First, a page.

Presently before the Court are two motions: (1) Defendants, Officer Steven Ziviello and Aldan Borough’s Motion to Dismiss Plaintiffs’ Second Amended Complaint; and (2) Motion for Partial Dismissal Under Federal Rule of Civil Procedure 12(b)(6) and Motion to Strike Pursuant to Federal Rule of Civil Procedure 12(f) of Defendants, Liam McElwee, Brian Evans, J. Keith, Officer Cuddhy and Darby Borough.

III. LEGAL STANDARD

Rule 12(b)(6) of the Federal Rules of Civil Procedure provides that, in response to a pleading, a defense of “failure to state a claim upon which relief can be granted” may be raised by motion to dismiss. Fed.R.Civ.P. 12(b)(6). To survive a motion to dismiss, a civil plaintiff must allege facts that “raise a right to relief above the speculative level.” Victaulic Co. v. Tieman, 499 F.3d 227, 234 (3d Cir. 2007) (quoting Bell Atl. Corp. v. Twombly, 550 U.S. 544, 555 (2007)). A complaint must contain “sufficient factual matter, accepted as true, to ‘state a claim to relief that is plausible on its face.’” Ashcroft v. Iqbal, 556 U.S. 662, 678 (2009) (quoting Twombly, 550 U.S. at 570). To satisfy the plausibility standard, a plaintiff’s allegations must show that defendant’s liability is more than “a sheer possibility.” Id. “Where a complaint pleads facts that are ‘merely consistent with’ a defendant’s liability, it ‘stops short of the line between possibility and plausibility of entitlement to relief.’” Id. (quoting Twombly, 550 U.S. at 557) (internal quotation marks omitted).

In Twombly, the Supreme Court used a “two-pronged approach, ” which it later formalized in Iqbal. Iqbal, 556 U.S. at 679; Fowler v. UPMC Shadyside, 578 F.3d 203, 210-11 (3d Cir. 2009). Under this approach, a district court identifies those factual allegations that constitute nothing more than “legal conclusions” or “naked assertions.” Twombly, 550 U.S. at 555, 557. Such allegations are “not entitled to the assumption of truth” and must be disregarded. Iqbal, 556 U.S. at 679. The court then assesses “the ‘nub’ of the plaintiffs’ complaint—the well-pleaded, nonconclusory factual allegation[s]”—to determine whether it states a plausible claim for relief. Id.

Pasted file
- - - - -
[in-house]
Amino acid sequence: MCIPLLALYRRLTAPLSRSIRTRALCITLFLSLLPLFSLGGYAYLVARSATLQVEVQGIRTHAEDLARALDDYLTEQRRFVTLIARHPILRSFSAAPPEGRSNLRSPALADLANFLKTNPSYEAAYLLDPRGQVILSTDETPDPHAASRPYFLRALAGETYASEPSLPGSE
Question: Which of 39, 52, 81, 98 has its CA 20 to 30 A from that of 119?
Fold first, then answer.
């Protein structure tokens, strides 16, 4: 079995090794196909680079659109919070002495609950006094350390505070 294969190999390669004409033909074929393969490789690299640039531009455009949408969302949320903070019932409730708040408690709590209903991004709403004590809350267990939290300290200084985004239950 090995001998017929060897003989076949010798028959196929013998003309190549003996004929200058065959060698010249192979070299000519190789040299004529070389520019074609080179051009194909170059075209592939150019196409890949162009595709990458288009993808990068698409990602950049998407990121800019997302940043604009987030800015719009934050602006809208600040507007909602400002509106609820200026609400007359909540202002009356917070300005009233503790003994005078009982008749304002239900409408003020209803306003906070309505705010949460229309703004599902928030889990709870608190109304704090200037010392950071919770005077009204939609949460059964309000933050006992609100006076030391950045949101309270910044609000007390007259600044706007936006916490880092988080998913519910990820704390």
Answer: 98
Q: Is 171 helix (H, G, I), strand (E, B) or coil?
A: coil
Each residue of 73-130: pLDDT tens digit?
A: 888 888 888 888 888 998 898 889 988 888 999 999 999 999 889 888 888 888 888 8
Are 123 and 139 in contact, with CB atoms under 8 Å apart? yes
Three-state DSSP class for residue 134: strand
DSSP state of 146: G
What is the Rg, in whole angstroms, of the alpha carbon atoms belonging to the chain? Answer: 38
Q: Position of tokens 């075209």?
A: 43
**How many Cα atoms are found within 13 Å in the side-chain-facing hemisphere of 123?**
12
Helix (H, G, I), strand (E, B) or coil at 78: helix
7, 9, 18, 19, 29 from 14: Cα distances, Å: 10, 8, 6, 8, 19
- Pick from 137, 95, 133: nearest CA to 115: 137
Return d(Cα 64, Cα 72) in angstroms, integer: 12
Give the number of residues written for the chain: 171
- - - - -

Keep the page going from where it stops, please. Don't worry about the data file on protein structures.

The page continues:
IV. DISCUSSION

A. Plaintiffs’ Claims Against McElwee, Evans, Keith, and Cuddhy

When construed liberally, plaintiffs’ Second Amended Complaint raises ten claims against McElwee, Evans, Keith, and Cuddhy: (1) violations of the Fourth Amendment’s protection against the use of excessive force; (2) violations of the Fourth Amendment’s protection against false arrest; (3) violations of the Fourth Amendment’s protection against false imprisonment; (4) violations of the Fourth Amendment’s protection against malicious prosecution; (5) equal-protection violations; (6) assault; (7) battery; (8) false detention; (9) false arrest; and (10) intentional infliction of emotional distress.

McElwee, Evans, Keith, and Cuddhy seek dismissal of plaintiffs’ Fourth Amendment claims in Count I, § 1983 malicious-prosecution claim included in Count II, equal-protection claim included in Count III, and state-law constitutional claims in Count V. They also include in their Motion to Dismiss a Motion to Strike all allegations in Count III other than the equal-protection claim.

a. Claims Brought Under the U.S. Constitution (Count I)

In Count I of the Second Amended Complaint, plaintiffs purport to bring a direct cause of action under the U.S. Constitution. There is no authority for any such claims because § 1983 provides an adequate, alternative remedial scheme for plaintiffs’ alleged constitutional violations. Capogrosso v. Supreme Court of N.J., 588 F.3d 180, 185 (3d Cir. 2009) (noting that when available, a remedy under § 1983 is the exclusive remedy for alleged constitutional violations); Smith v. Sch. Dist. of Philadelphia, 112 ...